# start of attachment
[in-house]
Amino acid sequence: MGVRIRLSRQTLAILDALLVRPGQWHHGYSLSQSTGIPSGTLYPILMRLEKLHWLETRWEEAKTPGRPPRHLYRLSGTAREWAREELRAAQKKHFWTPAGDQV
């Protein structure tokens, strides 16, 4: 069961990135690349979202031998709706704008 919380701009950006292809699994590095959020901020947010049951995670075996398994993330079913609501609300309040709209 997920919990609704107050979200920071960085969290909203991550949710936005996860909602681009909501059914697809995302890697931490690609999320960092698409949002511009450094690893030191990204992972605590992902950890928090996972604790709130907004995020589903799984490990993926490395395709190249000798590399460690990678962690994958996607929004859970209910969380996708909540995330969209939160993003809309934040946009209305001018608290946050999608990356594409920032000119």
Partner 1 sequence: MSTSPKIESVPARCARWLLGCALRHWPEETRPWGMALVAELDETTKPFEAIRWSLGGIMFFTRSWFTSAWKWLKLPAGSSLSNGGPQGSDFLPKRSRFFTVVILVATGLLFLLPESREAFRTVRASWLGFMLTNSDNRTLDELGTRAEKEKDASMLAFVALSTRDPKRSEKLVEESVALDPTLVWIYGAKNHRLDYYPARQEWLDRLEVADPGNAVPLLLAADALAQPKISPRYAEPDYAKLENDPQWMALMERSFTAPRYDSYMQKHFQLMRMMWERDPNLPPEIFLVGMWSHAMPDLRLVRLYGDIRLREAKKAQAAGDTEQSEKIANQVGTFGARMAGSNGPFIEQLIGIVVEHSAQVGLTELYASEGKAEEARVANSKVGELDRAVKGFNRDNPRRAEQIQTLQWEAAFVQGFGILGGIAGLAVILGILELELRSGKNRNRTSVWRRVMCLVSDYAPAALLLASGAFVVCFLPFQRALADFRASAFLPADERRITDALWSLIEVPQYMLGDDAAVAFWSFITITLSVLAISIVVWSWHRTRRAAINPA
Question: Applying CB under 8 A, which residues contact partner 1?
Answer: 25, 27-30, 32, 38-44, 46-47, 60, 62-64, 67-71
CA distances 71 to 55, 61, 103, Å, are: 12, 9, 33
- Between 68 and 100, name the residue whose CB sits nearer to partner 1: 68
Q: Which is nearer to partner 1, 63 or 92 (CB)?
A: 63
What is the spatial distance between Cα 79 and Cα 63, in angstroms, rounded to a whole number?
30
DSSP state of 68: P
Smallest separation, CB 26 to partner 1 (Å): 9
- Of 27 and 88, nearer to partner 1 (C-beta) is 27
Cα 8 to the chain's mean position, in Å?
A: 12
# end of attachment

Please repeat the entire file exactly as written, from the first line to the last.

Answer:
[in-house]
Amino acid sequence: MGVRIRLSRQTLAILDALLVRPGQWHHGYSLSQSTGIPSGTLYPILMRLEKLHWLETRWEEAKTPGRPPRHLYRLSGTAREWAREELRAAQKKHFWTPAGDQV
């Protein structure tokens, strides 16, 4: 069961990135690349979202031998709706704008 919380701009950006292809699994590095959020901020947010049951995670075996398994993330079913609501609300309040709209 997920919990609704107050979200920071960085969290909203991550949710936005996860909602681009909501059914697809995302890697931490690609999320960092698409949002511009450094690893030191990204992972605590992902950890928090996972604790709130907004995020589903799984490990993926490395395709190249000798590399460690990678962690994958996607929004859970209910969380996708909540995330969209939160993003809309934040946009209305001018608290946050999608990356594409920032000119």
Partner 1 sequence: MSTSPKIESVPARCARWLLGCALRHWPEETRPWGMALVAELDETTKPFEAIRWSLGGIMFFTRSWFTSAWKWLKLPAGSSLSNGGPQGSDFLPKRSRFFTVVILVATGLLFLLPESREAFRTVRASWLGFMLTNSDNRTLDELGTRAEKEKDASMLAFVALSTRDPKRSEKLVEESVALDPTLVWIYGAKNHRLDYYPARQEWLDRLEVADPGNAVPLLLAADALAQPKISPRYAEPDYAKLENDPQWMALMERSFTAPRYDSYMQKHFQLMRMMWERDPNLPPEIFLVGMWSHAMPDLRLVRLYGDIRLREAKKAQAAGDTEQSEKIANQVGTFGARMAGSNGPFIEQLIGIVVEHSAQVGLTELYASEGKAEEARVANSKVGELDRAVKGFNRDNPRRAEQIQTLQWEAAFVQGFGILGGIAGLAVILGILELELRSGKNRNRTSVWRRVMCLVSDYAPAALLLASGAFVVCFLPFQRALADFRASAFLPADERRITDALWSLIEVPQYMLGDDAAVAFWSFITITLSVLAISIVVWSWHRTRRAAINPA
Question: Applying CB under 8 A, which residues contact partner 1?
Answer: 25, 27-30, 32, 38-44, 46-47, 60, 62-64, 67-71
CA distances 71 to 55, 61, 103, Å, are: 12, 9, 33
- Between 68 and 100, name the residue whose CB sits nearer to partner 1: 68
Q: Which is nearer to partner 1, 63 or 92 (CB)?
A: 63
What is the spatial distance between Cα 79 and Cα 63, in angstroms, rounded to a whole number?
30
DSSP state of 68: P
Smallest separation, CB 26 to partner 1 (Å): 9
- Of 27 and 88, nearer to partner 1 (C-beta) is 27
Cα 8 to the chain's mean position, in Å?
A: 12